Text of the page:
GROTON -- After 11 years on the job, the town's Council on Aging director said she is ready for retirement amid the balmy breezes and relaxed lifestyle of the Sunshine State.

"My future goals are going to be like every other person in the world," said Martha Campbell. "I think I have a few books to write and publish and I want to move to Florida and become a Floridian. I have plenty of friends in Massachusetts to come back and visit, but Florida is where I want to live out the rest of my life."

Due to retire on June 30, Campbell surprised many in town with her announcement that she would be leaving her post four months early.

"I originally was going to retire on June 30 but I had a little medical problem and decided to push it up a couple of months," said Campbell.

In a recent incident, Campbell suffered a mild stroke which prompted her consideration not to waste any time in ridding her life of needless stress.

Campbell first took the job of director of the town's Council on Aging in 2002 when she impressed her interviewers with forward looking ideas.

"I had just graduated from Lesly University in Boston and had just completed my thesis on the quality of life of the baby boomers as they age," said Campbell. "I saw the advertizement for the director's job in Groton on line and since one of my goals was to be a Council on Aging director, I applied for the job and out of 30 applicants, they chose me because they said I was a visionary...and I am!"

Before coming to Groton, Campbell also had some real world experience to bring to bear on her new job.

"I worked for Cooperative Elder Services for three and half years," Campbell said. "I ran one of their sites in Burlington. I was a consultant for their activity departments."

Upon taking the position as director, Campbell said she had some modest goals which over the years, she managed to attain.

"My first goal when I became director was to learn the job, which I did," said Campbell. "Then as the years passed, I realized that having a national accreditation would be very important for us and we were duly accredited in 2008. We were rated in the top 1 percent in the nation and in the top 3 percent in Massachusetts.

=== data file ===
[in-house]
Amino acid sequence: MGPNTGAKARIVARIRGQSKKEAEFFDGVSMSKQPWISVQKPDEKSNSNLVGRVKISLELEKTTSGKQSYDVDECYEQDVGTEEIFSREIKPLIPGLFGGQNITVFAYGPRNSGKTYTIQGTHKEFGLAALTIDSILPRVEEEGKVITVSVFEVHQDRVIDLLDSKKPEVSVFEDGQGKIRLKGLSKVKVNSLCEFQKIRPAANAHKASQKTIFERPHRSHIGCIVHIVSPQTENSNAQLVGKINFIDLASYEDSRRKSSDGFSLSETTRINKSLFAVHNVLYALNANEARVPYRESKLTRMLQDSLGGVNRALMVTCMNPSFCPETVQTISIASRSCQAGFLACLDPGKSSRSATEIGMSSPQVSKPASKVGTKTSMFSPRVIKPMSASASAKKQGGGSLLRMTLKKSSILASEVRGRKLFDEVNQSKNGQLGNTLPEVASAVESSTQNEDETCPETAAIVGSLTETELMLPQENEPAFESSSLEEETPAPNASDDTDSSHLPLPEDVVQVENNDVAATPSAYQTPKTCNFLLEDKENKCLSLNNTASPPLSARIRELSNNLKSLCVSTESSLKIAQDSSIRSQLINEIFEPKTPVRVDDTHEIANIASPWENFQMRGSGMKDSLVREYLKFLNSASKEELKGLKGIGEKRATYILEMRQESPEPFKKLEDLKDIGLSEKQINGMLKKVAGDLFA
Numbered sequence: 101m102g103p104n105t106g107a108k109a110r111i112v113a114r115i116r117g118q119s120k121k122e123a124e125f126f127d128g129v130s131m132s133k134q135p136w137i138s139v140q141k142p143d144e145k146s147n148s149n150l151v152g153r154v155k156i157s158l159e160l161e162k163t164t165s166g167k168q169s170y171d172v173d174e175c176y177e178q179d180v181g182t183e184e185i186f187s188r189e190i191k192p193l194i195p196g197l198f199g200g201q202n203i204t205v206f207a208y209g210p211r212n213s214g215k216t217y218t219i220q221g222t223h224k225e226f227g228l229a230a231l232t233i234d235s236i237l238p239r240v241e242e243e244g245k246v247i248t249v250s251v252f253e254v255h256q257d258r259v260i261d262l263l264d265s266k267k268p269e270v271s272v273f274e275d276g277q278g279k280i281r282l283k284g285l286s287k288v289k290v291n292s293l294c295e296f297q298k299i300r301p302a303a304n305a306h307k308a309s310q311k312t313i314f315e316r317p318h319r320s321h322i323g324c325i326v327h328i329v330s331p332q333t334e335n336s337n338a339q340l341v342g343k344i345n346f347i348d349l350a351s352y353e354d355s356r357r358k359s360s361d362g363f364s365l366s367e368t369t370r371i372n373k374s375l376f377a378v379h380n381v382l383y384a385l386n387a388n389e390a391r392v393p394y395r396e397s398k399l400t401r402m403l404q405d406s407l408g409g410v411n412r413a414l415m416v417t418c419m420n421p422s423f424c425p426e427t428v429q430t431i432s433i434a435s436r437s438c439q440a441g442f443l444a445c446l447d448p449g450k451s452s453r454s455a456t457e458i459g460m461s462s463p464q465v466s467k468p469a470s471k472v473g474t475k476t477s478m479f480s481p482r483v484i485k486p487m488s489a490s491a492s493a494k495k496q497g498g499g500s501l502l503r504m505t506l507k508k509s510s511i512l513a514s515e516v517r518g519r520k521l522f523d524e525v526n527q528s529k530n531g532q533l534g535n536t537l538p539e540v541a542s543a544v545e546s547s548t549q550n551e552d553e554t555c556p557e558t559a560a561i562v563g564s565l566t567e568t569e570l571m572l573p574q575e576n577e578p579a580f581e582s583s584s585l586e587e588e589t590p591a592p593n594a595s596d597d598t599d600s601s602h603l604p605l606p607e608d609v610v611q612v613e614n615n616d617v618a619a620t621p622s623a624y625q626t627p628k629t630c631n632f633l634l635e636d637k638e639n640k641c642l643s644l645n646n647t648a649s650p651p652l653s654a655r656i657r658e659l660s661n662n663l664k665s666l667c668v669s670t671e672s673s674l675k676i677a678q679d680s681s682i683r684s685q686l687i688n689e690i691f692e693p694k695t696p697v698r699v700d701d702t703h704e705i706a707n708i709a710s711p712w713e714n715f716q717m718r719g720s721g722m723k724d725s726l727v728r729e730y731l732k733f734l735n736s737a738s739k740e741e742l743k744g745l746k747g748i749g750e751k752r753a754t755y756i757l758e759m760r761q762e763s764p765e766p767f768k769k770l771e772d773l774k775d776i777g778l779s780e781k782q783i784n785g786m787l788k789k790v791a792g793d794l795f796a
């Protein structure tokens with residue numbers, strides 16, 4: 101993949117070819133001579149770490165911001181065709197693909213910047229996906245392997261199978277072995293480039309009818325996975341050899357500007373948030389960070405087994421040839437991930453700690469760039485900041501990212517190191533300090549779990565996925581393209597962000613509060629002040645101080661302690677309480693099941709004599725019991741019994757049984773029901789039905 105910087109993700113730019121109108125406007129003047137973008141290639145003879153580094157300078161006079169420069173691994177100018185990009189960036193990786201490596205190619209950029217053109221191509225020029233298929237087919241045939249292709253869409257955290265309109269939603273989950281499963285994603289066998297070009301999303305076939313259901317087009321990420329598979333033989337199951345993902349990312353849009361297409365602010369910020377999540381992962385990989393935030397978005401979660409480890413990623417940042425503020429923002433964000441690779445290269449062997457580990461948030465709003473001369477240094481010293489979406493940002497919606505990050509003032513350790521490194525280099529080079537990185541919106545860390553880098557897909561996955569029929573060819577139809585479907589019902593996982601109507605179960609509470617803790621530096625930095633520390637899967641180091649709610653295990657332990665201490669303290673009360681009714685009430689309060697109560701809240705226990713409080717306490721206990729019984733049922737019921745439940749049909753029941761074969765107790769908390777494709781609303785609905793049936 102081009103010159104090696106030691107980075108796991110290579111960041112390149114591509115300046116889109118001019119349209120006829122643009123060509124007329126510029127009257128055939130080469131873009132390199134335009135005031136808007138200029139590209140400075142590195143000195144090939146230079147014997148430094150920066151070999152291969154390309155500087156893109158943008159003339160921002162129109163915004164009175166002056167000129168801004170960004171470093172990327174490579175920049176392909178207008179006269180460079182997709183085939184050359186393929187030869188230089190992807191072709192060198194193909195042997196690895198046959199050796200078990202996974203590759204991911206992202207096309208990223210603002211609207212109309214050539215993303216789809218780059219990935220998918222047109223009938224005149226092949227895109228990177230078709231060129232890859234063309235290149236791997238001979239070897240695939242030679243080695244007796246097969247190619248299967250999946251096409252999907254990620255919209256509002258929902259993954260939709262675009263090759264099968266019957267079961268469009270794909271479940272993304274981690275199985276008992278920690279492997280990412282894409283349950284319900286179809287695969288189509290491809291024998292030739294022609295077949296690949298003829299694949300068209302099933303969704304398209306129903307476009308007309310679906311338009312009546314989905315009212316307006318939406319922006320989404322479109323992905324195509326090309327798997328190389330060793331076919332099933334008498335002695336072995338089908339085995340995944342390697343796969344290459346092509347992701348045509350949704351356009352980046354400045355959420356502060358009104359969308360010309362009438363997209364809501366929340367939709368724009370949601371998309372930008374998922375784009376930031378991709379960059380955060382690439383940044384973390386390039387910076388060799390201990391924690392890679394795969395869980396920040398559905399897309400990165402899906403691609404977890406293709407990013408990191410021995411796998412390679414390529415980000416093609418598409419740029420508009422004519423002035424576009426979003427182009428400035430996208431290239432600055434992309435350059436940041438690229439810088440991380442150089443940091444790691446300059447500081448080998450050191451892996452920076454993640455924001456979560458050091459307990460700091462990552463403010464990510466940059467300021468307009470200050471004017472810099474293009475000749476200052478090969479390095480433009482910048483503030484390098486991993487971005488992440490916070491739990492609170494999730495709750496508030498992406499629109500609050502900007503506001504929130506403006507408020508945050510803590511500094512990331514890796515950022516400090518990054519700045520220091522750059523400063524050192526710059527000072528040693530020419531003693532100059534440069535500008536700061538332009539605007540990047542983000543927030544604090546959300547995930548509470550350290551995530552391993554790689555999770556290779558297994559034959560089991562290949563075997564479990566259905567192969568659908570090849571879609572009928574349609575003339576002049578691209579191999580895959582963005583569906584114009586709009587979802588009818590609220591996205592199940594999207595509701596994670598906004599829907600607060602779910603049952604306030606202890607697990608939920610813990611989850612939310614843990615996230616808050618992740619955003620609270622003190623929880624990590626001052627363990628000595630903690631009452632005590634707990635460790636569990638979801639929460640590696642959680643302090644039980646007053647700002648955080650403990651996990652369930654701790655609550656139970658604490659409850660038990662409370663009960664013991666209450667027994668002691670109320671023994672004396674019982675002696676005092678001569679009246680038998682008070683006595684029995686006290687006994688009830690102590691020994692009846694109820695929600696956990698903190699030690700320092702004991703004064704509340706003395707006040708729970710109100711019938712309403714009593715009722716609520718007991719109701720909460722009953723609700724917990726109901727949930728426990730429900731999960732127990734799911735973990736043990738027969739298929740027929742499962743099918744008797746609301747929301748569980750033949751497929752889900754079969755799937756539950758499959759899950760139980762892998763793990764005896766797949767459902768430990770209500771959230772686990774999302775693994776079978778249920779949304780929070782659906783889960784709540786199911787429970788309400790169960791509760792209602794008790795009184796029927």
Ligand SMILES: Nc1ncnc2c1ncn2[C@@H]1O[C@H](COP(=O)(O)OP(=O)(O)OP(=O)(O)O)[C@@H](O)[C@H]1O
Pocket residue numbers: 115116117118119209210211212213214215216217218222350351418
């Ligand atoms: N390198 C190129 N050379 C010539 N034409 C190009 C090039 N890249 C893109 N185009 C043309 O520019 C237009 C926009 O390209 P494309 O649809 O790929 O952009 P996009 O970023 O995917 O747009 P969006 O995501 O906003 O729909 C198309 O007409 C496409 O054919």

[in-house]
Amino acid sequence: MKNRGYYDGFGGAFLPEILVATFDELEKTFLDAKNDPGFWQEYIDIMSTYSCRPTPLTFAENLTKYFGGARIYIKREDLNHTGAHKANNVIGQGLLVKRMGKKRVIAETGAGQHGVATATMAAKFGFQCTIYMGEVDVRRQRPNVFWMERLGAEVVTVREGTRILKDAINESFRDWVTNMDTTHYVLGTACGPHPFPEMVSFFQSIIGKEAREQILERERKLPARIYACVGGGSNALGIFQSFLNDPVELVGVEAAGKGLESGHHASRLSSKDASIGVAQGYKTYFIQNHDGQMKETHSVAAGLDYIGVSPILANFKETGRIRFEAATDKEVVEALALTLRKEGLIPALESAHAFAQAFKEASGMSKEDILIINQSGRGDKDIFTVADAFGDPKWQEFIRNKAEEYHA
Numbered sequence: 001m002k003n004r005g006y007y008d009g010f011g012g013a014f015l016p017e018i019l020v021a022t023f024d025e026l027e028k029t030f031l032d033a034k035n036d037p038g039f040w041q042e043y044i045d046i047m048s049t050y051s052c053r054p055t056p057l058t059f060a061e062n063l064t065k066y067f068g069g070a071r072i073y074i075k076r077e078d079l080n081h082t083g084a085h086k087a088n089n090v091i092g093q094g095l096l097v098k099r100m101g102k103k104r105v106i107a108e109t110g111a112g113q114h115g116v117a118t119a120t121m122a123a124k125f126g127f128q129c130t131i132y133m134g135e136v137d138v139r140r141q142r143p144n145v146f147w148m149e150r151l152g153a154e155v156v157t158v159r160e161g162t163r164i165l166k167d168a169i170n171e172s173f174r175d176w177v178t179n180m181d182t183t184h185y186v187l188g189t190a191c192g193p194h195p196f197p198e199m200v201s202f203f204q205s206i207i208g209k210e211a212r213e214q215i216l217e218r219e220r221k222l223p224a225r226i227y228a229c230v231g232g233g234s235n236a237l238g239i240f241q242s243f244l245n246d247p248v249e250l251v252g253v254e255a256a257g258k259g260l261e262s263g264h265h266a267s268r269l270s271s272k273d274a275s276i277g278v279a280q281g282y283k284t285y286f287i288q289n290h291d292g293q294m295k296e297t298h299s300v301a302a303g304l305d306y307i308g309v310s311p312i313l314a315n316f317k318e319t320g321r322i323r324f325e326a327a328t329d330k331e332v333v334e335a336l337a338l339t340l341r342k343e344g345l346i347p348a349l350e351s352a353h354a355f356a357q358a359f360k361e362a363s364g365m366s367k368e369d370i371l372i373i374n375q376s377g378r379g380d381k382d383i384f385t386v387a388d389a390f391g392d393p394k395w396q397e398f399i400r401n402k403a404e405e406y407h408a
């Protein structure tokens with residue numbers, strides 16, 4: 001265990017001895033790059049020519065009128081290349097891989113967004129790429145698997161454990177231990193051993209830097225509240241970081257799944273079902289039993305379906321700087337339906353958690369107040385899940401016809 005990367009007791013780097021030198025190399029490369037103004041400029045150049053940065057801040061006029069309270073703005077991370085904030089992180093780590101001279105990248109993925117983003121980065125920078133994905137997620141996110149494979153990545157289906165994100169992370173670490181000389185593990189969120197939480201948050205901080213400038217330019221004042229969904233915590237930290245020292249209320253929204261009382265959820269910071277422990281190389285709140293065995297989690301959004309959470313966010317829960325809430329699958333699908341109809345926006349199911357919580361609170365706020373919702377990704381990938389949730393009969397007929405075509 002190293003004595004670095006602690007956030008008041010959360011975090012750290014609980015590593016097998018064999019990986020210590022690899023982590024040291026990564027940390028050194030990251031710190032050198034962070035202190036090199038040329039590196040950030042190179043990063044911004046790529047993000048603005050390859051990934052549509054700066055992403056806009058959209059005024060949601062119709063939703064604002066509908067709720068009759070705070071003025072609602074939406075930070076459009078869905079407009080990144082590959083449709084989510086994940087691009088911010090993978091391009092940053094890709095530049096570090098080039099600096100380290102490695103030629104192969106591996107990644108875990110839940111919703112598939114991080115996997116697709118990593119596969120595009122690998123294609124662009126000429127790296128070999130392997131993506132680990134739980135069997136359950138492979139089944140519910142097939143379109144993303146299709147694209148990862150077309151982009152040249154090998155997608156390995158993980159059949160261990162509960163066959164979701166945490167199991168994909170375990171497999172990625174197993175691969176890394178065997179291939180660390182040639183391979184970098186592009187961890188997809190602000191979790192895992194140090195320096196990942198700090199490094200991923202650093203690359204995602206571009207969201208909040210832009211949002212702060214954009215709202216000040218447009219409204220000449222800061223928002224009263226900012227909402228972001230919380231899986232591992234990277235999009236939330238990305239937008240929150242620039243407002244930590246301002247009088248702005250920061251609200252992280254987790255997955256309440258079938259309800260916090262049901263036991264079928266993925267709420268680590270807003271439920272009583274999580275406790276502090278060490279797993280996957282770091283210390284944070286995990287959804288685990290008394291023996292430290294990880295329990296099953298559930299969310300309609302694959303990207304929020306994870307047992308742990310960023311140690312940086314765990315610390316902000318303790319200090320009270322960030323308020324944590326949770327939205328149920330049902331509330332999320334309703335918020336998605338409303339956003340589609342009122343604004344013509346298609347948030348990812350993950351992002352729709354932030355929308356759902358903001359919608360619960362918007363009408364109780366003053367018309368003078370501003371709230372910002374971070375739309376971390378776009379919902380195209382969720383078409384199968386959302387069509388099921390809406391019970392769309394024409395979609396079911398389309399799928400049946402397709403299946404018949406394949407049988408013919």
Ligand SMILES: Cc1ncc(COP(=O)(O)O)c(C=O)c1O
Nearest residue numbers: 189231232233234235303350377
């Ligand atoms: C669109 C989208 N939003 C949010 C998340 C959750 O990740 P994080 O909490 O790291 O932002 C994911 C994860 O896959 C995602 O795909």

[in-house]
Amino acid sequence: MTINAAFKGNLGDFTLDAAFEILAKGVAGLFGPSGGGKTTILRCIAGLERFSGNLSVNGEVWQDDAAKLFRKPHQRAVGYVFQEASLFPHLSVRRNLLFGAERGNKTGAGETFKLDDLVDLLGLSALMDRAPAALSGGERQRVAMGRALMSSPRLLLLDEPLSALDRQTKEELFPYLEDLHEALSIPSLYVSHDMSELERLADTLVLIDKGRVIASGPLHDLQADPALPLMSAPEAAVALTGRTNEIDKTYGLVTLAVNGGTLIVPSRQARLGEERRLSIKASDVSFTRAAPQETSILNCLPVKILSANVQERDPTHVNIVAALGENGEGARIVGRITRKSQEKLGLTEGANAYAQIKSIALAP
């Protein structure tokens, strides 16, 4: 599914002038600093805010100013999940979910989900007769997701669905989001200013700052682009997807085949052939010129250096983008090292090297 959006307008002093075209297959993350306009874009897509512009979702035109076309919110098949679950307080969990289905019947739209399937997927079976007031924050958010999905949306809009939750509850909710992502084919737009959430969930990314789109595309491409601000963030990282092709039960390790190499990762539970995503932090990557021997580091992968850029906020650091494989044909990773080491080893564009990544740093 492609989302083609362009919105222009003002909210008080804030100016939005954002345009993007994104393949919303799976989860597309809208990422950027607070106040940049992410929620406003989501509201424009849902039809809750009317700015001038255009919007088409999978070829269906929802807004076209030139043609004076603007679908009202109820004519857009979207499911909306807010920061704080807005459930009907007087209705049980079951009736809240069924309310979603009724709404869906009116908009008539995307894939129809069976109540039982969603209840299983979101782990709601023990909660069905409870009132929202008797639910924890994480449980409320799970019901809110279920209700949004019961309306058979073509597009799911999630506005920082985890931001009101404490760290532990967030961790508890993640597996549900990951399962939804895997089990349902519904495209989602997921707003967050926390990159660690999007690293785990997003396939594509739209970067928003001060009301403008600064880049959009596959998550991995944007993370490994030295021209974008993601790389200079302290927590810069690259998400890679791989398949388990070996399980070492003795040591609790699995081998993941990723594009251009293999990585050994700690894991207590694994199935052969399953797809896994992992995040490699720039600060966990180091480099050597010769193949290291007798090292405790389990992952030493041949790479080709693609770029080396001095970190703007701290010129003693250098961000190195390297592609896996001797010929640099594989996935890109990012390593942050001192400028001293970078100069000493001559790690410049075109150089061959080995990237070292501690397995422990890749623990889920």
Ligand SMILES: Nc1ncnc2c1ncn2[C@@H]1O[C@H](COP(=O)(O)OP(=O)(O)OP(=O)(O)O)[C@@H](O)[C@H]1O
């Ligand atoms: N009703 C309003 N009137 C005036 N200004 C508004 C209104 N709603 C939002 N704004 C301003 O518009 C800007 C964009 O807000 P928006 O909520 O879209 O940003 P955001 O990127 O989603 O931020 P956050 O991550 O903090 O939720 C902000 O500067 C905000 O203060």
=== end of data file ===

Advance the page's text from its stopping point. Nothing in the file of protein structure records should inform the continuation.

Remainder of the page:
"Another goal I had was to increase our staff," continued Campbell. "When I started, we employed all part timers. Today, we employ five people and only two of them, van drivers, are part time."

Along the way, Campbell also became only one of a handful of people in Massachusetts to be officially certified as a Council on Aging director by the Massachusetts Association of Councils On Aging (MCOA) and Senior Center Directors paving the way for accreditation for the town's Senior Center.

But the work goes on, cautioned Campbell.

"In the year 2025, according to the 2010 census, half the population of Groton will be senior citizens," said Campbell. "Right now, we're in the top ten fastest growing towns in Massachusetts in terms of senior population. So, I see my successor as having to meet the needs of this growing population. To do that, programming is going to be the key. And, of course, they're going to have to increase transportation because it will be very much needed."

Nevertheless, Campbell expressed satisfaction at how the Senior Center has managed to penetrate the town's senior population, reaching most of them in one way or another.

"When I first started, we were servicing 700 seniors and last year our services covered over 2,500 of an estimated 2,600 seniors in town," observed Campbell. "So, I'm very happy with the increase because it shows that we had good programs and a good staff on board and were able to identify the needs of our seniors."

At the moment, the town will begin its search for Campbell's replacement but Campbell herself said she had no idea if she would be needed to help in a transition of leadership.

What she is sure of are her feelings for the job and having been director for so many years.

"I have loved my job," insisted Campbell. "I loved it because of the people that I served."